Numerator provides education and training resources to our R&D engineering staff so they can continuously evolve and adapt to our business needs against the ever-changing software development landscape. Often this translates into tech conferences, and the DevOps teams' conference of choice is AWS ReInvent. AWS ReInvent is an amazing conference to attend, even though you can get the majority of session talks after the fact, online, through legitimate sources.
What you can't experience by watching online is the week-long water cooler experience that is AWS ReInvent. You will run into peers from the industry, tossing around ideas and catching up. You'll hear some interesting things at the lunch tables. You'll meet up with old co-workers whose LinkedIn status has changed since you've last spoke and they've moved onto <Insert Big Name Company Here>. Attending ReInvent in person provides you with real-time, crowdsourced feedback against the concepts or products on stage. Experiencing the event and reading the room's reactions is powerful feedback to assess real-world adoption of the tool or idea being presented.
This is also where the experts are. Vendors bring out their best sales and professional service staff to ReInvent's vendor floor. With a simple scan of your attendee badge, you get a "best foot forward, fast" demo of all the vendor's products and upcoming releases. Though the floor can be a bit hectic, where else can you see the latest demos and sneak peeks, chat with their sales engineer experts, and walk away with fun SWAG?
AWS makes sure that their own experts are easily accessible in a variety of places like chalk talks, AWS hero events, Jam sessions, builders fair, or on stage and available for Q/A after a session. There is always an opportunity to meet and chat with the greatest minds in your field at ReInvent.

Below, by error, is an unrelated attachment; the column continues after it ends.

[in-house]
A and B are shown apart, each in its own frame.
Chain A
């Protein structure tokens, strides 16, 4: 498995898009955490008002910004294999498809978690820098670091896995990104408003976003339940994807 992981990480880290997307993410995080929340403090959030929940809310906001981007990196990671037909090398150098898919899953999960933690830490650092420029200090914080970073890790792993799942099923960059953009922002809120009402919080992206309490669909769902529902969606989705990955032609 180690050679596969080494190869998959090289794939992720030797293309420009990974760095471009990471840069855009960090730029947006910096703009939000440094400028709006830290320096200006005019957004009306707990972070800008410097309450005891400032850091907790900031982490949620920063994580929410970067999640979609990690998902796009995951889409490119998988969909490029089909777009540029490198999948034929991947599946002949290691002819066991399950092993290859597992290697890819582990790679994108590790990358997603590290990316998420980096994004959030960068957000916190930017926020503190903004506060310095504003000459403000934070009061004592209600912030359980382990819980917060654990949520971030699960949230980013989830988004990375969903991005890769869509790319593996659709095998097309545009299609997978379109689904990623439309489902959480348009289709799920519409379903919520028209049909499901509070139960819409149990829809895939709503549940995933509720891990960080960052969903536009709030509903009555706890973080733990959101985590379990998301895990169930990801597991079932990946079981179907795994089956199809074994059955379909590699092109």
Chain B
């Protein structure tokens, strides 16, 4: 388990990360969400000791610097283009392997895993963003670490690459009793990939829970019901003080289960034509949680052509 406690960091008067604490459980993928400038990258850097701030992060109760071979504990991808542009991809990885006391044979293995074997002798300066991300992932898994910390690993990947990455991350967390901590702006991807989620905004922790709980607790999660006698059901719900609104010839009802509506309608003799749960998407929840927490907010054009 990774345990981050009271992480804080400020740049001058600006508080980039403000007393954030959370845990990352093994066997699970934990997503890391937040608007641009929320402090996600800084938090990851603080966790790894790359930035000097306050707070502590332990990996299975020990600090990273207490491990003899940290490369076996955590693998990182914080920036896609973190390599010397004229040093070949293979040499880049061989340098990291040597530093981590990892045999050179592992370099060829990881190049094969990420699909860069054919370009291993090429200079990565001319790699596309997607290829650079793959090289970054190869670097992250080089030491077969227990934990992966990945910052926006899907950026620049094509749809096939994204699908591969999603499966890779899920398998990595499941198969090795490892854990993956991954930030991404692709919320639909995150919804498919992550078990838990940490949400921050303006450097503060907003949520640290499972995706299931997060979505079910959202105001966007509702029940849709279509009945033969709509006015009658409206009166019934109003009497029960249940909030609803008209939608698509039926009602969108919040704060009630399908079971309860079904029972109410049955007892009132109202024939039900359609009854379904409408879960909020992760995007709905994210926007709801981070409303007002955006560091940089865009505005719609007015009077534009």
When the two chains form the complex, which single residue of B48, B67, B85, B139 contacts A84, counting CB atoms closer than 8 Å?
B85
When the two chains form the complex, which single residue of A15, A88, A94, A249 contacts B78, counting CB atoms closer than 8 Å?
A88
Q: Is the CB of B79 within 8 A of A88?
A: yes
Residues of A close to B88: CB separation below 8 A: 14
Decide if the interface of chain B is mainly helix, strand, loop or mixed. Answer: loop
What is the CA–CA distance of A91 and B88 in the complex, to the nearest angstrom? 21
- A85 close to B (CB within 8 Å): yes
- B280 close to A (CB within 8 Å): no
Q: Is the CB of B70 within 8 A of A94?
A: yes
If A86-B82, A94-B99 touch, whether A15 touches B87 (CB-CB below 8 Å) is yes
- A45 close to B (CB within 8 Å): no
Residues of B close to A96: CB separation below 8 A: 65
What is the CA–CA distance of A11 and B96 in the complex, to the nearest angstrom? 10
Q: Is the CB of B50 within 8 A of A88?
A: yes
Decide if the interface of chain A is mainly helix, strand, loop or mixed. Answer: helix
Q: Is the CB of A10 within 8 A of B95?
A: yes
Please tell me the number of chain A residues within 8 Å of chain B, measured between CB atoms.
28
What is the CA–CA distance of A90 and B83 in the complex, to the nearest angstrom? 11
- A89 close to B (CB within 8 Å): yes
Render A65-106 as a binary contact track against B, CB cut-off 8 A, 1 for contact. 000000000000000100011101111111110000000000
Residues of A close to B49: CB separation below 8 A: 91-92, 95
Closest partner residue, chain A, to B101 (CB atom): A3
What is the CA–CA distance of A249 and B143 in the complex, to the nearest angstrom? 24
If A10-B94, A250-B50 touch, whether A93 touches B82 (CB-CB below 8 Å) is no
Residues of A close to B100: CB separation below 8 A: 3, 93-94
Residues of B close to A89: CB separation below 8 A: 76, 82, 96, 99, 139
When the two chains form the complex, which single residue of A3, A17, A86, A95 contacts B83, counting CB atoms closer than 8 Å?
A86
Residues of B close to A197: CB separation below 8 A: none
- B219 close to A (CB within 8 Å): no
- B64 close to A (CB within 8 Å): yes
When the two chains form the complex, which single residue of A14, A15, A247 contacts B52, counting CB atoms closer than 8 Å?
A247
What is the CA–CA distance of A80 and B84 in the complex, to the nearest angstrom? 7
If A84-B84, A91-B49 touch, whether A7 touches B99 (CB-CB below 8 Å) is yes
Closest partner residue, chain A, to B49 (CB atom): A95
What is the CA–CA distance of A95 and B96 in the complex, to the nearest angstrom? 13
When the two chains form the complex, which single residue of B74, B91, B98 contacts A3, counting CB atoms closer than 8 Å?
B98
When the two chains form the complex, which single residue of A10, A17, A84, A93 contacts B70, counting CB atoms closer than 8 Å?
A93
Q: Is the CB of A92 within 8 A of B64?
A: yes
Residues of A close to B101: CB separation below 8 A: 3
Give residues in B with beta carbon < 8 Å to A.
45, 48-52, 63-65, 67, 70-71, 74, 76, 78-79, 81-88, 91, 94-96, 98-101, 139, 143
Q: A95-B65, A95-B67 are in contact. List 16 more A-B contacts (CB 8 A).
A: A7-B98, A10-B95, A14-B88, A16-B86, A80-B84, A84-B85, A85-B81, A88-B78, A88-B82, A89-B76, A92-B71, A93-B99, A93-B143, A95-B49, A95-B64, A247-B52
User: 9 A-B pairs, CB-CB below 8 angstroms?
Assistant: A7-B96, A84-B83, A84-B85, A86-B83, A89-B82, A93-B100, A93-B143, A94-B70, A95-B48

I had an awesome workshop experience this year. AWS ReInvent has gotten it right with their workshops. Attendees are given a slip of paper that logs them into their very own, private, 24-hour self destruct, locked down, AWS account pre-baked with workshop requirements, such as pre-configured IAM user accounts, VPC, and ec2 instances, etc.
What doesn't work? AWS is still working on managing the size of their conference, spread out amongst four different hotels; I missed two workshops by just minutes due to struggles with traffic and getting from one hotel to another. I wasn't too bummed when I missed out on a session or workshop because AWS has done well to simulcast their popular, large-room session talks into "overflow" rooms hosted in each session hotel.
The overflow rooms were how I was able to get catch a few good talks I wouldn't have had the chance to see when I did miss out on a workshop. I enjoyed catching Adrian Cockroft's ARC203 - Innovation at speed (AWS re:Invent 2019: Innovation at speed (ARC203)), where he goes over how to model and address common blockers for business agility and innovation. Though not a technical talk, it is still a must-watch for DevOps practitioners.